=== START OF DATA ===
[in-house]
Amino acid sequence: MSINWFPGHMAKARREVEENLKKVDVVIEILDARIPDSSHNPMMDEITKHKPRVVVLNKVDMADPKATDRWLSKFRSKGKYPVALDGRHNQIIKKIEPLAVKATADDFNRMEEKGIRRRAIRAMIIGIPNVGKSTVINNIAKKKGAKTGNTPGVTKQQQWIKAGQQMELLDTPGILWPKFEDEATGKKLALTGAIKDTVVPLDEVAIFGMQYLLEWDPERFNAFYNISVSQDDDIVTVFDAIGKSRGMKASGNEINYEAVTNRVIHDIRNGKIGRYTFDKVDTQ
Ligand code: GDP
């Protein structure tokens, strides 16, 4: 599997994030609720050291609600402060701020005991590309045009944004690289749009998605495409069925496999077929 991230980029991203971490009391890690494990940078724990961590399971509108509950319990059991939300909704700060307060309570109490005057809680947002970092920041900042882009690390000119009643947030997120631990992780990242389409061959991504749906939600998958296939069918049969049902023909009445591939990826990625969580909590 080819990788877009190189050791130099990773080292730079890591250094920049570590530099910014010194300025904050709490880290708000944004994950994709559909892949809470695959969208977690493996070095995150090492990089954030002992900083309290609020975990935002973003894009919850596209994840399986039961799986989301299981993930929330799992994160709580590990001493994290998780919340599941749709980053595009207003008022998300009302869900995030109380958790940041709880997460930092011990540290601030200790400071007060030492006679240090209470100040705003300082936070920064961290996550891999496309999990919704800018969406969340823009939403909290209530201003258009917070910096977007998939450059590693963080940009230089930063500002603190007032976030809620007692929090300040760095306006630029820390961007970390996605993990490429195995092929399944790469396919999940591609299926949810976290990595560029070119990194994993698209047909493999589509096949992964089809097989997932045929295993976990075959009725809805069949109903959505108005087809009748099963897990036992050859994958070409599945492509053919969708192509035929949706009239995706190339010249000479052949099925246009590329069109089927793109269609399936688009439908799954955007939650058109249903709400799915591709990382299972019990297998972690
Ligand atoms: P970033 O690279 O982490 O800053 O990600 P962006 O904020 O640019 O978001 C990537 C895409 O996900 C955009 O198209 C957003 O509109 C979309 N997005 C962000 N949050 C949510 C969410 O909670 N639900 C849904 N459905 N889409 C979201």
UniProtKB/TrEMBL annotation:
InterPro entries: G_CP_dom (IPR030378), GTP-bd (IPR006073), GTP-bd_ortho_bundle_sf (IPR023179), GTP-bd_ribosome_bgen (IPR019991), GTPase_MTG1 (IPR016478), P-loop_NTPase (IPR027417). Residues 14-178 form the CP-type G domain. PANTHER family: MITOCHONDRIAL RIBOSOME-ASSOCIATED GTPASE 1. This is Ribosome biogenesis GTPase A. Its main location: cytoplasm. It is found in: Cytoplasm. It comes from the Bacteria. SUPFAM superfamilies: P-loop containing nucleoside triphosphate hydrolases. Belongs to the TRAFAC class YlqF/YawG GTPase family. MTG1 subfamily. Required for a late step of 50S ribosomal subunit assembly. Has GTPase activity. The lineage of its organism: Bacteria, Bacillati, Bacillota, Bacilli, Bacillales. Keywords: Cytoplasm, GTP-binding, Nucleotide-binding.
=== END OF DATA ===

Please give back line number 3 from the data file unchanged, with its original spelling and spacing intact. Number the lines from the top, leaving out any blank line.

Ligand code: GDP